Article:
One of the fundamental characteristics of Western culture, among many others, would be the writing of history. History, the recording of past events and an attempt to explain them is indeed a discipline born, as we know, with Herodotus. Of all the ancient civilizations that have developped writing, no other than Gaeco-roman civilization and its successor, the West and Byzantium, have developped history in the way done by the latter. There were of course chronicles, king’s monuments, etc., but these do not consider “history” as the coming together of several past elements that combine to form a particular situation–the present. As a note, no one is “superior” or “inferior” because he hasn’t developed history in the sense we understand it. Rather, the fact that we have developped it so, while others have not, shows the manner in which we consider the relationship between ourselves and time, a universal concept.
History has its roots in myths. The events among the gods that led to the Trojan War, the shock of the Achean armies against the Trojans, the actions of the heroes, the relations of men with Fate and the gods, the events that have taken place in the war may serve as the footstool of history. It is not by accident hat history came into being after the Median wars, when Herodotus decided to record the events that set Greeks against Persians.
Herodotus’ goal was, in his words,
to preserve the traces of human events from being erased by time, and to preserve the fame of the important and remarkable achievements produced by both Greeks and non-Greeks.
History as defined by Herodotus was not mere recording of events or of a king’s exploits. Rather, his research was to be directed toward all men. By placing his readers into historical context, the historian sets himself on the task to tell what has driven men to act the way they have, how they have been affected by events greater than themselves, in other words, why things are the way they are. The discovery of the present is a crucial aspect for history to emerge–no present exists without past. This is why the historian of the Peloponnesian war, Thucydides, could affirm in his time that all other past periods “were not great periods either in warfare or in anything else.” Some scholars say that this arose in the background of Homer’s poems: men of the present also wanted to see their own actions as worthy of praise, as Homer had praised the Heroes of the past.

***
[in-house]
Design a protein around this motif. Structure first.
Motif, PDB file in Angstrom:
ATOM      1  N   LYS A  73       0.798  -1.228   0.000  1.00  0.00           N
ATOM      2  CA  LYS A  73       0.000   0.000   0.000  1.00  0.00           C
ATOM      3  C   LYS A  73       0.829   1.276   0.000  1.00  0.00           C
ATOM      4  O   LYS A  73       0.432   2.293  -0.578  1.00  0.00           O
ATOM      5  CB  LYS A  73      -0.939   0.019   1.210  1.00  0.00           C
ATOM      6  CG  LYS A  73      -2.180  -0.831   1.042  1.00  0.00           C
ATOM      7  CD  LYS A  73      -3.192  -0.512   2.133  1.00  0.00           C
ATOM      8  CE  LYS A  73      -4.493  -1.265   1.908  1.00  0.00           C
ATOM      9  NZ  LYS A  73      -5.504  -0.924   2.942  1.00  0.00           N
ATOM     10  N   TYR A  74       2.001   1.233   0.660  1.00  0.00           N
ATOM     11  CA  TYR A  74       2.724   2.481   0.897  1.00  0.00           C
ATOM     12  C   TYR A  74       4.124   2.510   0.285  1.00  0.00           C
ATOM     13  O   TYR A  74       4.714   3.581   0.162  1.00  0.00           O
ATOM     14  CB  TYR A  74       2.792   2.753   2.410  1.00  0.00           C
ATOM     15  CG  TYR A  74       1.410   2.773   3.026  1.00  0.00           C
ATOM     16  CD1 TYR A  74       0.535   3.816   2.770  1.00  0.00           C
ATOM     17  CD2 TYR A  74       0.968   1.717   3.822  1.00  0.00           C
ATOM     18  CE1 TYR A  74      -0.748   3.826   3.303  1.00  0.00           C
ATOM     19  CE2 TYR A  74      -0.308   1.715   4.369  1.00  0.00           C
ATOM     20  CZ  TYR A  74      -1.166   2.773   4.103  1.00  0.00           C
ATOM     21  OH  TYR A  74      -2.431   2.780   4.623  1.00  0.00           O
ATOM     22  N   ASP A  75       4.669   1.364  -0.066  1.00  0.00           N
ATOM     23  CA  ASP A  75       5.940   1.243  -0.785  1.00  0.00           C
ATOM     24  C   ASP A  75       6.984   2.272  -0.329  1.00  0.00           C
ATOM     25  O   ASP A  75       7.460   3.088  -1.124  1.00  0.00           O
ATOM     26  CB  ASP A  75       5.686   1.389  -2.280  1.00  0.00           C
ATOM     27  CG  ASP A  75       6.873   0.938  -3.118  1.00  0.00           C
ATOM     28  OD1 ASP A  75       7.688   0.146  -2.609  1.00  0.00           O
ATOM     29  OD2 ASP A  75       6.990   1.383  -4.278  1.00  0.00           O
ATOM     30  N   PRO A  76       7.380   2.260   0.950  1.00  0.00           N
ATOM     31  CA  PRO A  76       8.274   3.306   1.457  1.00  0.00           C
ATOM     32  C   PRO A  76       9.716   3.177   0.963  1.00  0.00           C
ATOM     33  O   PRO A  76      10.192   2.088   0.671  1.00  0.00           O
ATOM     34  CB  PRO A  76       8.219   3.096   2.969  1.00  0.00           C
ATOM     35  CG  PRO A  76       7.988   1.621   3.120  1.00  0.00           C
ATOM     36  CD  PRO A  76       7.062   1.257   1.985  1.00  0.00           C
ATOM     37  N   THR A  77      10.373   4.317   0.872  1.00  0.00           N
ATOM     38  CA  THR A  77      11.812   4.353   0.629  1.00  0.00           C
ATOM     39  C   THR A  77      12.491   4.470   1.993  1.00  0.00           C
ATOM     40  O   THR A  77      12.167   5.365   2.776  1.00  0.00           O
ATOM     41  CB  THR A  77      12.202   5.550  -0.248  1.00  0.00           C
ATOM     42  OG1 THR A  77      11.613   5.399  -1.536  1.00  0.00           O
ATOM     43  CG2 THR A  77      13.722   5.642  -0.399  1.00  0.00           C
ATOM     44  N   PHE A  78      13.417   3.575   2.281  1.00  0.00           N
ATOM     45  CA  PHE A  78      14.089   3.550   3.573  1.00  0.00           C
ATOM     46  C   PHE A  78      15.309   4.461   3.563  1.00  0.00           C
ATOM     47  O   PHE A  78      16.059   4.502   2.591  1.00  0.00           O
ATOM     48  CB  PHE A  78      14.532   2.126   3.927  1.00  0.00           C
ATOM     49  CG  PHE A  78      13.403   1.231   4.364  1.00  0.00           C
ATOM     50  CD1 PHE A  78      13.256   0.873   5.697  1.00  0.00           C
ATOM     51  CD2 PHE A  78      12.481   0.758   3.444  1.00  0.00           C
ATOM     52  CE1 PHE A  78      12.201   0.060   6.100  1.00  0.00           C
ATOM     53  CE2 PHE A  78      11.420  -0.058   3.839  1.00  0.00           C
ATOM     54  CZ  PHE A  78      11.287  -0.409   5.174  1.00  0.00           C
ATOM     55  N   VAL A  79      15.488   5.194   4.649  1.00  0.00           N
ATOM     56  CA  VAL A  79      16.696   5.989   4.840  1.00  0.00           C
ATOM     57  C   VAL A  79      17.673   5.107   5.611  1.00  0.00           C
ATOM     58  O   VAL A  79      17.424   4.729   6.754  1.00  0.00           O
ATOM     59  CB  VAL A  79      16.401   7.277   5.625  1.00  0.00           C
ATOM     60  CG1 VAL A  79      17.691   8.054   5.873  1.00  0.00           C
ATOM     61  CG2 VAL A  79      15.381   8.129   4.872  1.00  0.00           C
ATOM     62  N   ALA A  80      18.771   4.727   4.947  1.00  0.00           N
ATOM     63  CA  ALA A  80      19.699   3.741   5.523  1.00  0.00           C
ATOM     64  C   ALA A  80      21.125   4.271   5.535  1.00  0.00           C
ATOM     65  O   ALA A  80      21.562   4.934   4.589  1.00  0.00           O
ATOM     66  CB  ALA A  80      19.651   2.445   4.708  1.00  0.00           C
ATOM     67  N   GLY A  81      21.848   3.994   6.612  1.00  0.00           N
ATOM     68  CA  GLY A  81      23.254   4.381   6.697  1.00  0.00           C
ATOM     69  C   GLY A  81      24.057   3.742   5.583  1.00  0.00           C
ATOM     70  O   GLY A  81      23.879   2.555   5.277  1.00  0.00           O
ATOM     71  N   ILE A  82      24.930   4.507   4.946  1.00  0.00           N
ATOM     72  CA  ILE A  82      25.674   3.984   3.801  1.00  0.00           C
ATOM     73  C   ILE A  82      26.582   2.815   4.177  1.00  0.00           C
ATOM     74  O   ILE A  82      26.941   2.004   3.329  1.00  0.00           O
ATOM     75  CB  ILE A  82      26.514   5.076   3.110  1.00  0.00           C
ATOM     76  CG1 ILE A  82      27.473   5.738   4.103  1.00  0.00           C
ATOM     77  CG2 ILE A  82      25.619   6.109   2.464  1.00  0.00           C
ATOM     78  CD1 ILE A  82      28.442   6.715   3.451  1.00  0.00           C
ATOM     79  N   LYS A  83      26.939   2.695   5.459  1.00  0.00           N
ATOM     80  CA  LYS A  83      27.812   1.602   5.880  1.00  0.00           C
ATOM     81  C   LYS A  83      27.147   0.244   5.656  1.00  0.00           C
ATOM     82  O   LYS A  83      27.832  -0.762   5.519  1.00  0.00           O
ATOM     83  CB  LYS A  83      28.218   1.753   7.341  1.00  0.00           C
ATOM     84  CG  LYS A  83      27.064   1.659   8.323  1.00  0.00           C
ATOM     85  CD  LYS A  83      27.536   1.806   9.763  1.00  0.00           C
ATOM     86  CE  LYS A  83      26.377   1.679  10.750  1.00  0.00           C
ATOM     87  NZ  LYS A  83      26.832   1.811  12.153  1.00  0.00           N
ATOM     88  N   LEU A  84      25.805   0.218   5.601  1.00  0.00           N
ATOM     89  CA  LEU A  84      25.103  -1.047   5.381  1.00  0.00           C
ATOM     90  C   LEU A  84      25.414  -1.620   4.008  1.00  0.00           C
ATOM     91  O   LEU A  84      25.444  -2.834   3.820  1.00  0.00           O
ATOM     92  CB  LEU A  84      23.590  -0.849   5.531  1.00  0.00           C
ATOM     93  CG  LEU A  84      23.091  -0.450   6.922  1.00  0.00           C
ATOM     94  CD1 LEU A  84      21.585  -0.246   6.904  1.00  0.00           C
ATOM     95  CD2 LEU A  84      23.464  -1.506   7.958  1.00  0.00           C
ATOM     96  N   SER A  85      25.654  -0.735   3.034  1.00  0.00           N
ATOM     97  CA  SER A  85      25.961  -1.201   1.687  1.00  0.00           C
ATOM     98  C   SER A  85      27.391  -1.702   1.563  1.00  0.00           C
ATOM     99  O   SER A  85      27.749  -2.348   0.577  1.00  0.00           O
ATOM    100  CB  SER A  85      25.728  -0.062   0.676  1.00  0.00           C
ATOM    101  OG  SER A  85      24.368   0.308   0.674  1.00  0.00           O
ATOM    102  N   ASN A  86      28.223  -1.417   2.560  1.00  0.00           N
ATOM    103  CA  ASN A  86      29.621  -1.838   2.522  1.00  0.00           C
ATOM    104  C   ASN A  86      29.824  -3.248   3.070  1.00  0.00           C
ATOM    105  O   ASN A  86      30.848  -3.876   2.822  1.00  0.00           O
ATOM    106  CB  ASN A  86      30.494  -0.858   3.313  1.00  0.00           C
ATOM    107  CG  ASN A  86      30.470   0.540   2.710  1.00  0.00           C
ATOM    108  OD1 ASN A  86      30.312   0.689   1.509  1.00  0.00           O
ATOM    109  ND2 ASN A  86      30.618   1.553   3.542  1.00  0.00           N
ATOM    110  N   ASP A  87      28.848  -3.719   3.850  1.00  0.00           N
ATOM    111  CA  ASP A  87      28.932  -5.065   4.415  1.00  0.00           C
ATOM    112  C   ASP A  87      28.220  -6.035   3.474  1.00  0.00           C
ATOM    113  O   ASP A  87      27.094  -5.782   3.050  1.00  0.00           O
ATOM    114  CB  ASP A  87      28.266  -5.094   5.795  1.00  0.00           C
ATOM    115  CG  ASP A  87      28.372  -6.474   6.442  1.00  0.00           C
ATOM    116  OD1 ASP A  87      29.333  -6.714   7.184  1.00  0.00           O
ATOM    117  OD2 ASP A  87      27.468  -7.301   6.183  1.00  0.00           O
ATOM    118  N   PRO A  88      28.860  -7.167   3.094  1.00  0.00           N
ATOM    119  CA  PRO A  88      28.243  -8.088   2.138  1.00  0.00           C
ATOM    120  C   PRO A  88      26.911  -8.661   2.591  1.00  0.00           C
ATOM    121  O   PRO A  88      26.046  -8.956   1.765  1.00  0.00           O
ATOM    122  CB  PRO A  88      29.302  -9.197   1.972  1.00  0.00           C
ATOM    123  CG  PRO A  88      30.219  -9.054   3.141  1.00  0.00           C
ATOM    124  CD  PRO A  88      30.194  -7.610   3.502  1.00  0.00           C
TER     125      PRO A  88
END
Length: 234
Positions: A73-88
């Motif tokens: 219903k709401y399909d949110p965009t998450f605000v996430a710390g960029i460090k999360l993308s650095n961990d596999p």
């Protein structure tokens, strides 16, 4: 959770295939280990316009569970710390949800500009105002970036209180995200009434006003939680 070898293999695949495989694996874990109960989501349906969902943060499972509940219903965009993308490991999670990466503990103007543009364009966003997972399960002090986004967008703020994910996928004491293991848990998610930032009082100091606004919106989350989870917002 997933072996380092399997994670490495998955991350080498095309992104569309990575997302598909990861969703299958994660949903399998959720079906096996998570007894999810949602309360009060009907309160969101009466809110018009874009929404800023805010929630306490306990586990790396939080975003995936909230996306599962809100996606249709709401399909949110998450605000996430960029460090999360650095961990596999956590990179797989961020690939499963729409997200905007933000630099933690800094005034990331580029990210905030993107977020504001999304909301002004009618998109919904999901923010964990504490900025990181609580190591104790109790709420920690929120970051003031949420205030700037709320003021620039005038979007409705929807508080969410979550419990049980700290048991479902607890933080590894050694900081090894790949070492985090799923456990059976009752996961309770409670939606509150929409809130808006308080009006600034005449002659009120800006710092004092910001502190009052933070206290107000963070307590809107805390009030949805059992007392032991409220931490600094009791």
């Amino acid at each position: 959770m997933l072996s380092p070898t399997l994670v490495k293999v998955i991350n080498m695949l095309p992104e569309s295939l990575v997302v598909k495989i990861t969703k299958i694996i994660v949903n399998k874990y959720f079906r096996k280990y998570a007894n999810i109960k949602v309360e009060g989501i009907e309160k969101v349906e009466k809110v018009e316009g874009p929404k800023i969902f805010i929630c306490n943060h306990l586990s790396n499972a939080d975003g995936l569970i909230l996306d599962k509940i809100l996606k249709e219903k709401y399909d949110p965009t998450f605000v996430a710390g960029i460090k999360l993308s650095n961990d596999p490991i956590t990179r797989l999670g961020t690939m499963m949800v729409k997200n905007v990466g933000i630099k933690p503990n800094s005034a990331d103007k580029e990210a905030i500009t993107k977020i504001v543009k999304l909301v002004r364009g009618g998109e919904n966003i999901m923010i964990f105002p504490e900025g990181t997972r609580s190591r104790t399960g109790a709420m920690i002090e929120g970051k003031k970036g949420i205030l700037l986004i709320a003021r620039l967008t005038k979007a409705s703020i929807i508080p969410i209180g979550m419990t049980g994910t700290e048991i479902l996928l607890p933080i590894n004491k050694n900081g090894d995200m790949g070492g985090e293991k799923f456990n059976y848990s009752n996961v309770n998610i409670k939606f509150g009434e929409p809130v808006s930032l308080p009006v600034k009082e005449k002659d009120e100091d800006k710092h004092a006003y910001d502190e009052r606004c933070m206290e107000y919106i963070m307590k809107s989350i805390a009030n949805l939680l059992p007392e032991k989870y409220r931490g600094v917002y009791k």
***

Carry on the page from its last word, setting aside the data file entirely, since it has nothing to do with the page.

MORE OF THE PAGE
But because history prevents the past from “being erased by time,” it acquires another temporal quality oriented toward the future. Therefore, history takes on a judgmental and moral value, a fact fully developed with Polybius: “And yet judgments concerning either the victors or the vanquished which are based on nothing more than just the outcome of battles cannot possibly be final… In this way our contemporaries will be enabled to see clearly whether the rule of Rome is something to be welcomed or to be avoided at all costs, and future generations to judge whether they should praise and admire or condemn it” (III.4).